Thanks so much for your response. And for your frankness...grossness and all! As soon as this last bag is done...it's raw for my dog. I know once I get used to fixing it for her it will become second nature. I'm glad you finally pushed me over the edge. I've been so ready to do this. Thanks again!
Cool! You're right, it does become second nature once you get used to the routine, though you'll find yourself occasionally missing those days of just dumping something in her bowl out of a bag or a can. :) That is where the pre-made frozen raw dog food will come in handy for me this time around. Make sure you give her really fresh, high quality stuff, and just keep reading and researching because it's easy to mess it up, getting the balance right can be difficult, and you sort of have to adjust for your own dog, too, things like their age and activity level. It's a lot of work, I know, but I sort of feel like it's our responsibility since we chose them, took them home, and they depend on us for a nutritious food source. I did not do everything right with my yorkie, and my biggest regret was that I didn't give her enough variety, and enough of the stuff that grossed me out like organ meats and tripe, etc. It was weird to think about my delicate little princess eating intestines - LOL!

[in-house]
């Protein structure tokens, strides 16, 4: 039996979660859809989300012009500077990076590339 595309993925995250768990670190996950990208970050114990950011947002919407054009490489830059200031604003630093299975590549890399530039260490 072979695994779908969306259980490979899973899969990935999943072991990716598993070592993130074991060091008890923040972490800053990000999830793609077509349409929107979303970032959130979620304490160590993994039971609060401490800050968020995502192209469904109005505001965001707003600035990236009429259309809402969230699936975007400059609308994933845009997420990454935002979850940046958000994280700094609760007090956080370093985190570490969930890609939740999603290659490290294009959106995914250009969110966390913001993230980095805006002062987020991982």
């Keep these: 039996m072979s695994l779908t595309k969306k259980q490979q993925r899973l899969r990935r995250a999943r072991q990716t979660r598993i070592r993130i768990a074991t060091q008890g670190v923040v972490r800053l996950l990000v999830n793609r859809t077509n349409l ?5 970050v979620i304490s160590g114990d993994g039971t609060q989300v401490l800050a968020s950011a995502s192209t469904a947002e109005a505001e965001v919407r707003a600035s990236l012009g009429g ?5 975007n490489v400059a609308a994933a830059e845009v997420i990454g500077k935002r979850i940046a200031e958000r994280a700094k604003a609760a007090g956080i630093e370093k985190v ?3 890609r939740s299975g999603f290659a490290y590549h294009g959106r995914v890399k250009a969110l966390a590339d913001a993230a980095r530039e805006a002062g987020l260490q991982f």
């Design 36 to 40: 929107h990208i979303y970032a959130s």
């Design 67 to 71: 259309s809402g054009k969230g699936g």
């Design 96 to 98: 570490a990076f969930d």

I am still 50/50 on the raw bone thing. I did read one article about bone bits and fragments being stuck in the digestive tract - even though they were raw and feeding raw is supposed to be OK. On the flip side you read many glowing reviews of how healthy dogs are on raw bones, with clean teeth fresh breath, plenty of calcium... I'm still conflicted and plan to talk to my vet about that next week. Domestic dogs are not exactly wolves, and yet their basic needs are still adapted to that species, but the way they've been tweaked with breeding may be what my vet is getting at when she says every dog is different. I bet your dog will love her new diet, though, and I also bet her burping problem will disappear. You can try digestive enzymes in her food, too, though with raw you may not need them.